Supporting families formed through adoption
Families not only come in all shapes and sizes, families are formed in a variety of ways. One way to become a family is through adoption. Some children are adopted as infants or toddlers, while others are adopted when they are older.
Some children are born in another country. Children are sometimes adopted by an extended family member when their birth parents are no longer able to care for them. Regardless of how or why it happens, adoption can be a positive way to create a family.
Regardless of how or why it happens, adoption can be a positive way to create a family.
Attitudes that non-adoptive families have about adoption can play an important role in the support, or lack thereof, that adoptive families experience. The Evan B. Donaldson Adoption Institute conducted a survey about the opinions people in the U.S. have about adoption. The results show that about 50 percent feel that adopting a child is preferable to remaining childless.
Some 25 percent think that it is sometimes harder to love an adopted child because the child is not their flesh and blood. Most feel that adoption serves a very useful purpose in our society.
What attitudes does your congregation have about adoption and adoptive families?
Here are some ways to foster understanding of the adoption process and support families who have chosen adoption as a way to create or add to their existing family.
- Recognize that adoption is a viable way to form a family. It can be a blessing to both the parent(s) and the child. Books such as One Wonderful You: A Unique Book for Adopted People of All Ages, available through the Children’s Home Society in Greensboro, N.C., and Web sites such as Adopt Shoppe Books provide a variety of books and articles.
- Infertility is one reason people choose adoption. Remember that infertility can be an emotionally charged experience. Seeking medical treatment for infertility may include peaks and valleys of hope and disappointment. It can be a high stress experience. Offer support, a listening ear, and a compassionate heart throughout the entire process. Consider adding the following title to your library: When You are Coping with Infertility by Vera Snow. Order this resource from the ELCA Resource Catalog: Phone 1-800-638-3522, ext. 2580 or online at www.elca.org/resources.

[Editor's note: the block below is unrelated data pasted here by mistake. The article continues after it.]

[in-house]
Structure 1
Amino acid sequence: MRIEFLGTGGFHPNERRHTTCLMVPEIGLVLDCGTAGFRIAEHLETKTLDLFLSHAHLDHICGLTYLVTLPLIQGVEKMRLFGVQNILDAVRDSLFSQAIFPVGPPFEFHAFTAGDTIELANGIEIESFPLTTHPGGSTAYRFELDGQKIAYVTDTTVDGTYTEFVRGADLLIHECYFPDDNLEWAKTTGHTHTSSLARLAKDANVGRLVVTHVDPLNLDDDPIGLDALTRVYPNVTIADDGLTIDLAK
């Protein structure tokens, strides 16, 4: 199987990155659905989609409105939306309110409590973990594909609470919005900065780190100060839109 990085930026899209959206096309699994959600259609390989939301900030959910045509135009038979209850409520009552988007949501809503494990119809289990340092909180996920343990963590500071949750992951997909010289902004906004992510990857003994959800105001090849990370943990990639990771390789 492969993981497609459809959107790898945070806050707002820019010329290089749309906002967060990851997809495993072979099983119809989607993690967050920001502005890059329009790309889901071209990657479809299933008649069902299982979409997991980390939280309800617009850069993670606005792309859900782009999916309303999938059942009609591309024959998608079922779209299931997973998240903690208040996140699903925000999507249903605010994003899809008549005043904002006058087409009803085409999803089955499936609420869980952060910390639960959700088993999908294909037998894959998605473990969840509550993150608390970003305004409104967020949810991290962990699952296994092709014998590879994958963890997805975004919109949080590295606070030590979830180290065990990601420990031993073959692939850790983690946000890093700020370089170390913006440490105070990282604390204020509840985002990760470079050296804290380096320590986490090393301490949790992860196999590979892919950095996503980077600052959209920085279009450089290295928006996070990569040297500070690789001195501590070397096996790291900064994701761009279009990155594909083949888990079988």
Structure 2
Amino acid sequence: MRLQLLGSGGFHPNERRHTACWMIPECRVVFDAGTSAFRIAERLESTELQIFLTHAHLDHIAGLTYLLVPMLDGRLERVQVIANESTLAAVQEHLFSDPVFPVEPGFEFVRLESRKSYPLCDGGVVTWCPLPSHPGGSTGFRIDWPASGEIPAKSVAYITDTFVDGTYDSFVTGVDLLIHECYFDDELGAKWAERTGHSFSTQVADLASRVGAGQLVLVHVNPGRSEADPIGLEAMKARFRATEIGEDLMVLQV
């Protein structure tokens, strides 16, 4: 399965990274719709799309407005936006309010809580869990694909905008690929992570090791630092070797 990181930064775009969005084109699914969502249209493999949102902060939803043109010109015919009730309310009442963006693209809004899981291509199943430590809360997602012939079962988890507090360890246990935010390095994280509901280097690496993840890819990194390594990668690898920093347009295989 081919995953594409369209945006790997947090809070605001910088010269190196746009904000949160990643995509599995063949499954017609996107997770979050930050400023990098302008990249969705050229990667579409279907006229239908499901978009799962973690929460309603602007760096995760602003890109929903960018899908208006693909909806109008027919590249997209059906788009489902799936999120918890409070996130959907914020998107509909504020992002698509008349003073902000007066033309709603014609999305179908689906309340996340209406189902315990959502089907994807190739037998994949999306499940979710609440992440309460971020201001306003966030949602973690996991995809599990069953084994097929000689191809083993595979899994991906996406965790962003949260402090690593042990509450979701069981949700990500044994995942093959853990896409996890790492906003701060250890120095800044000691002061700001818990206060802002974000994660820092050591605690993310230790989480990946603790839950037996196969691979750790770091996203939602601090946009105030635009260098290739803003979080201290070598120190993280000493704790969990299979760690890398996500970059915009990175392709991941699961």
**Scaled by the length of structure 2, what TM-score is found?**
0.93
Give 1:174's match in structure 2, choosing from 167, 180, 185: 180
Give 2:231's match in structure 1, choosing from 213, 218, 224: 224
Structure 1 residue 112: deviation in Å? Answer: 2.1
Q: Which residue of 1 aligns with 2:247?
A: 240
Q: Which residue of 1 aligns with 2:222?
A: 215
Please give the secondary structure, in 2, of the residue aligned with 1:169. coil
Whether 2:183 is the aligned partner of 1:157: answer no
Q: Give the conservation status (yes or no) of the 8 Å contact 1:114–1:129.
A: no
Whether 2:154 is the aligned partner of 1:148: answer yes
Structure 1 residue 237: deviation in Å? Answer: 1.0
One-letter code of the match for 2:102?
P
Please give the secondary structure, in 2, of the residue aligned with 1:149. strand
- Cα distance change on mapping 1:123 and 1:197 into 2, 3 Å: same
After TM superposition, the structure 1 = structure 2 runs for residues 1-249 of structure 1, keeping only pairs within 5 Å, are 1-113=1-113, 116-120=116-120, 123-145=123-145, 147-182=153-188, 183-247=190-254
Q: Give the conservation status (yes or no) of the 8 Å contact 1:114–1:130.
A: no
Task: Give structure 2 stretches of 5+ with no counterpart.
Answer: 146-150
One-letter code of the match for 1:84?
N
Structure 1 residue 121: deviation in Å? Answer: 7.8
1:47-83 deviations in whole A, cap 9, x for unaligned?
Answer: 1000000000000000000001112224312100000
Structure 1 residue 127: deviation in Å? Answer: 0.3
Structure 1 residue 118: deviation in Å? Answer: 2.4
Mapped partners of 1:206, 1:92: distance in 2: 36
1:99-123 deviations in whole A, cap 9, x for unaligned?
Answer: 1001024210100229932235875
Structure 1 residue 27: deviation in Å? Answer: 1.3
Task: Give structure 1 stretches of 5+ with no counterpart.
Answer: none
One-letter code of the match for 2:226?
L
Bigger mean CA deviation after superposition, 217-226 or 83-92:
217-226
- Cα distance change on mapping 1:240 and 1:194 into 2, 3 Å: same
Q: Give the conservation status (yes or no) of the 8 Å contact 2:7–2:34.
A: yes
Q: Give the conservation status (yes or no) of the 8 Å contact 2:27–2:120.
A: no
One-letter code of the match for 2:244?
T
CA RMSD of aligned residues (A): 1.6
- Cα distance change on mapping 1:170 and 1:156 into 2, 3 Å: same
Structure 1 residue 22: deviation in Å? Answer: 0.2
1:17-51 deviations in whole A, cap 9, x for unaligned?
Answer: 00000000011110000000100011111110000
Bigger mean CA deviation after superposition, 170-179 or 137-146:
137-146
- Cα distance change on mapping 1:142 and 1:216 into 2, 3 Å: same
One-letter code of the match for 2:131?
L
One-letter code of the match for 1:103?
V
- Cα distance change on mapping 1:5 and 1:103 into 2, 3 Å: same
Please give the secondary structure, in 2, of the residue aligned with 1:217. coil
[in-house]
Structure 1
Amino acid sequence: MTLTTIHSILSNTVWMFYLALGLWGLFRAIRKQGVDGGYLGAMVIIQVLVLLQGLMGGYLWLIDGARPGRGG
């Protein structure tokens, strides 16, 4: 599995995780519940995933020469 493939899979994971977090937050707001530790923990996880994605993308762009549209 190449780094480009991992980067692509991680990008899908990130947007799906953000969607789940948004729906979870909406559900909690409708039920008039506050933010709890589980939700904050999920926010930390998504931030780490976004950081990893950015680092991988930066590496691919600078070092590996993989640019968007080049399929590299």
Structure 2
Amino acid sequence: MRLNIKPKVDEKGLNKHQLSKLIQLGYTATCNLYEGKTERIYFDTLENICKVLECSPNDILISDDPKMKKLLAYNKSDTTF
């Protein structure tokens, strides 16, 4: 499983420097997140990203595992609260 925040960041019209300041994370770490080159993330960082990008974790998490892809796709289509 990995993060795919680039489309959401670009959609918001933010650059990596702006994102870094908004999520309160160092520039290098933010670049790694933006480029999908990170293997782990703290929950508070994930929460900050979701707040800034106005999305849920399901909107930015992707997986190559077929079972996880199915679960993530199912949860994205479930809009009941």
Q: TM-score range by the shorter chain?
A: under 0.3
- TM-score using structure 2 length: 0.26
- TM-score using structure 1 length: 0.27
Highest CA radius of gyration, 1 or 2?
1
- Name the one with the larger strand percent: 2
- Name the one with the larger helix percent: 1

- Some people choose to adopt a child from another country. Dealing with the adoption requirements of another country, which could change at any time throughout the process, contributes to an emotional roller coaster ride for the parent(s).
- Patience and understanding by others helps them get through the journey.
- Realize that there can be a lot of time spent waiting during the adoption process, and we all know that waiting can be difficult. A normal pregnancy takes about nine months. An adoption could happen quickly or take several years. Weaving God’s Love Across Cultures has some excellent resources for blessing the family throughout an adoptive process, along with a wealth of other support for families planning cross-cultural adoptions. Order this resource from the ELCA Resource Catalog: Phone 1-800-638-3522, ext. 2580 or online at www.elca.org/resources.
- Recognize that some families will become biracial through adoption. Nurture your congregation to be a safe haven from bias and racism.
- Make sure that nursery and education leaders have policies and practices in place for handling children with critical health issues. Some adopted children are very healthy and others may have chronic or infectious health issues. Check with a local day care or nursery school for advice.
- Include adoption issues in parenting support classes and groups. Adoption includes issues of loss and grief, for example. Help adoptive parents be prepared for this fact. Consult Weaving God’s Love Across Cultures (above).
- Include stories of adoption in sermons, prayers, and education experiences.
This article was published in Seeds for the Parish
, a bimonthly resource paper for leaders of ELCA congregations.